Washington, DC: Seizures of indoor and outdoor cannabis crops by the US Drug Enforcement Administration have declined dramatically from 2011 to 2012 and are now at their lowest reported levels in nearly a decade, according to statistics released online by the federal anti-drug agency.
According to the DEA’s 2012 Domestic Cannabis Eradication/Suppression Statistical Report, the total number of cannabis plants eradicated nationwide fell 42 percent between 2011 and 2012. This continues a trend, as DEA crop seizures previously fell 35 percent nationwide from 2010 to 2011.
In 2010, the DEA eliminated some 10.3 million cultivated pot plants. (This figure excludes the tens of millions of feral hemp plants which are typically seized and destroyed by DEA agents annually, but are no longer categorized in their reporting.) By 2011, this total had dipped to 6.7 million. For 2012, the most recent year for which DEA data is available, the total fell to 3.9 million – the lowest annual tally in nearly a decade.
The declining national figures are largely a result of reduced plant seizures in California. Coinciding largely with the downsizing of, and then ultimately the disbanding of, the state’s nearly 30-year-old Campaign Against Marijuana Planting (CAMP) program, DEA-assisted marijuana seizures in California have fallen 73 percent since 2010 – from a near-record 7.4 million cultivated pot plants eradicated in 2010 to approximately 2 million in 2012. DEA-assisted cannabis eradication efforts have remained largely unchanged in other states during this same period.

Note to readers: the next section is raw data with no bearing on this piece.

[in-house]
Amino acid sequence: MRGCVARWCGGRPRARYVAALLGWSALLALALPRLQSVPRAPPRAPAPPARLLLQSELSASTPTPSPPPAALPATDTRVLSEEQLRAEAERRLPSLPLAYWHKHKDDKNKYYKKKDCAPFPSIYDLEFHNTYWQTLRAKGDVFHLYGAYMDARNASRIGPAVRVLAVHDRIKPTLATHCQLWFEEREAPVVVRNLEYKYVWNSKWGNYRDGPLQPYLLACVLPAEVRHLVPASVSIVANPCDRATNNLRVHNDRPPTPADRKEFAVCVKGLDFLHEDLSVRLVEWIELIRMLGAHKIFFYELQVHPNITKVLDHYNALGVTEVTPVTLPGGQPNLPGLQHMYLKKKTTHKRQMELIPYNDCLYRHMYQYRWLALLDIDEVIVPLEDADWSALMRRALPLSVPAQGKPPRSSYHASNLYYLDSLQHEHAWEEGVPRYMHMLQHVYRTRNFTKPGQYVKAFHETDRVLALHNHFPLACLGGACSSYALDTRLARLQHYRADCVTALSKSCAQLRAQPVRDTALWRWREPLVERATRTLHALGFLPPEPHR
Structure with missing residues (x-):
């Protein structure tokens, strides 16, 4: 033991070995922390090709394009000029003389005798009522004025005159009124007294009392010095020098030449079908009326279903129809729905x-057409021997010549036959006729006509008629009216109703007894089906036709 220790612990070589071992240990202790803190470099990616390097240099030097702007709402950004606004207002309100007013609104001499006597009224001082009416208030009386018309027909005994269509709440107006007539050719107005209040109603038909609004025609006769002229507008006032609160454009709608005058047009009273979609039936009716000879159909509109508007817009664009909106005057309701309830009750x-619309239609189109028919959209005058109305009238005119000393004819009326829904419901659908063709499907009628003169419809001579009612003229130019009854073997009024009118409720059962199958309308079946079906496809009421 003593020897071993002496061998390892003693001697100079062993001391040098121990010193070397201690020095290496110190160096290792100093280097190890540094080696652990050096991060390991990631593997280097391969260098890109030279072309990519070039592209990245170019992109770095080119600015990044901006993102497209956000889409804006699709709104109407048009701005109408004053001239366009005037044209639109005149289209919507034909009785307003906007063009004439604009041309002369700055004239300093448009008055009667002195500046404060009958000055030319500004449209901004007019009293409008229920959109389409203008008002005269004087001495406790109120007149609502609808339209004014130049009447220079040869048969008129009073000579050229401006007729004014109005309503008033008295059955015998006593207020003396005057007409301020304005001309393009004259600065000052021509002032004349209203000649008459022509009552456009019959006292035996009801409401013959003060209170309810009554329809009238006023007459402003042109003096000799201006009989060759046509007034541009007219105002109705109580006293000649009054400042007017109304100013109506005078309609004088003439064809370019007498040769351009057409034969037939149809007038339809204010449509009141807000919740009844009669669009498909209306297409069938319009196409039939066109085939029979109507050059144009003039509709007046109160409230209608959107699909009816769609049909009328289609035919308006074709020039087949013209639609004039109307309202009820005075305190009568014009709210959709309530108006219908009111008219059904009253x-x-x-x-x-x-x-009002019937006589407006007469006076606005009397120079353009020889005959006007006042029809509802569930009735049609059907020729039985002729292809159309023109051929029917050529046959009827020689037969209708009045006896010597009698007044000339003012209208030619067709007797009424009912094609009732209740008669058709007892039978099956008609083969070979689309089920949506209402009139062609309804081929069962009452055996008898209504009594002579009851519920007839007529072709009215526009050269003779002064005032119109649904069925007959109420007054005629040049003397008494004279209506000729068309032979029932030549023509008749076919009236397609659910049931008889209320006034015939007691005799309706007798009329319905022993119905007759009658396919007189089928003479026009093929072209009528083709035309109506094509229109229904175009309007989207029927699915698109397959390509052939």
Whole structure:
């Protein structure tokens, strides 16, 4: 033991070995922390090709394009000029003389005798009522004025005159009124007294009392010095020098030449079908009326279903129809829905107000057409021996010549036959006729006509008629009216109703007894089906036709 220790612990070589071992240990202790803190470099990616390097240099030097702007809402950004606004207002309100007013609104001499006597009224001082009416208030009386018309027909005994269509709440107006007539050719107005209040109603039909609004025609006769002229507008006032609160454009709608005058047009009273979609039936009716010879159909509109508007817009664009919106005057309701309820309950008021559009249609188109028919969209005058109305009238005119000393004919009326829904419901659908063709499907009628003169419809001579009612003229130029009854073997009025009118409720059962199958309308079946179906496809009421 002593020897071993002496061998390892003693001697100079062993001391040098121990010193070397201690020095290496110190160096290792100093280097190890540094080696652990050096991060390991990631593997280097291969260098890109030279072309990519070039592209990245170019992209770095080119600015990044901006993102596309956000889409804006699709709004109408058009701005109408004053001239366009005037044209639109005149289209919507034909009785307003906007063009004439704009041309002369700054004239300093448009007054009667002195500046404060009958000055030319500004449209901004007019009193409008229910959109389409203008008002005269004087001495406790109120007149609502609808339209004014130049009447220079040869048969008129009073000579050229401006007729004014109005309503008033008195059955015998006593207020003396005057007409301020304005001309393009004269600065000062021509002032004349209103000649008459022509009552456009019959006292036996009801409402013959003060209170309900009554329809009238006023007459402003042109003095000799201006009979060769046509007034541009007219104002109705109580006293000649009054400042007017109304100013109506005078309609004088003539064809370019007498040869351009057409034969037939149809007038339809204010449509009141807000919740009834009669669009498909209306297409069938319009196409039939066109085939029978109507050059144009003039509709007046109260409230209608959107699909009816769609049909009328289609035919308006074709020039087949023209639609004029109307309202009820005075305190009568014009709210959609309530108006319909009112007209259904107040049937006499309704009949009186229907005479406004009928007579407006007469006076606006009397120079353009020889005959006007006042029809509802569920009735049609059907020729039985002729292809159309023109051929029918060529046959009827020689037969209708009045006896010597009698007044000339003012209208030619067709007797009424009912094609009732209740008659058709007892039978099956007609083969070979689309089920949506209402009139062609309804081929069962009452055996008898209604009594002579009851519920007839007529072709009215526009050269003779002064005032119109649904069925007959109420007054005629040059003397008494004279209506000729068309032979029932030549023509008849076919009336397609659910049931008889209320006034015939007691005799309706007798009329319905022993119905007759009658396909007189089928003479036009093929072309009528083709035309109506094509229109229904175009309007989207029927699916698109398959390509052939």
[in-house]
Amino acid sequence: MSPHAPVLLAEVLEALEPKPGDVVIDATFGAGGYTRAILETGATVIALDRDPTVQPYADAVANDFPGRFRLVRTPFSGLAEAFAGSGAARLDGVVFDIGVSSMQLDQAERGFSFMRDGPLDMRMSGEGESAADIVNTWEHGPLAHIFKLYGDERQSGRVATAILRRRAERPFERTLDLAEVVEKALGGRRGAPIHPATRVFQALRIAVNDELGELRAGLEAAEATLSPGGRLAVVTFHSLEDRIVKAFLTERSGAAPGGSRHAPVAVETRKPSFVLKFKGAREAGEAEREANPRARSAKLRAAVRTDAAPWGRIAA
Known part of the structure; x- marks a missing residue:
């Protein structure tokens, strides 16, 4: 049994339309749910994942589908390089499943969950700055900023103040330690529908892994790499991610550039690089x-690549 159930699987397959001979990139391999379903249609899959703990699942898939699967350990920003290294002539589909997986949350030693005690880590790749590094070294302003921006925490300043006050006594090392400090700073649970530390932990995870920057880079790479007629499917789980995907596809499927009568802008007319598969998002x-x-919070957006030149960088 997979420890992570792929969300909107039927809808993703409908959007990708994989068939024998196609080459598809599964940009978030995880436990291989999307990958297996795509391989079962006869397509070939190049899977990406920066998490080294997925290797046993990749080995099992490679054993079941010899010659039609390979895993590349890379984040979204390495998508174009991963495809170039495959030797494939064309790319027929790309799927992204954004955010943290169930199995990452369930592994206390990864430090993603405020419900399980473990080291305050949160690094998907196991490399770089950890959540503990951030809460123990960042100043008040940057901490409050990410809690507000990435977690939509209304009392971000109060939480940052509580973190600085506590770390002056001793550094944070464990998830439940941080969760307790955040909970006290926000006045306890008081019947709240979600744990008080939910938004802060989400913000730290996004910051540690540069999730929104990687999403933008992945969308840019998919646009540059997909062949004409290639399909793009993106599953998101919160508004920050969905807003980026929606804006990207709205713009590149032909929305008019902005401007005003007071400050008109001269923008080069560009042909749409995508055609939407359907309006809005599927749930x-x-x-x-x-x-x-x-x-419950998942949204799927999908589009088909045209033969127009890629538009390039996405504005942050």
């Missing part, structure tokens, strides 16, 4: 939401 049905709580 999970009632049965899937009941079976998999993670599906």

For more information, please contact Allen St. Pierre, NORML Executive Director, at (202) 483-5500 or Paul Armentano, NORML Deputy Director, at: email@example.com. The DEA’s 2012 Domestic Cannabis Eradication/Suppression Statistical Report is available online here: http://www.justice.gov/dea/ops/cannabis.shtml.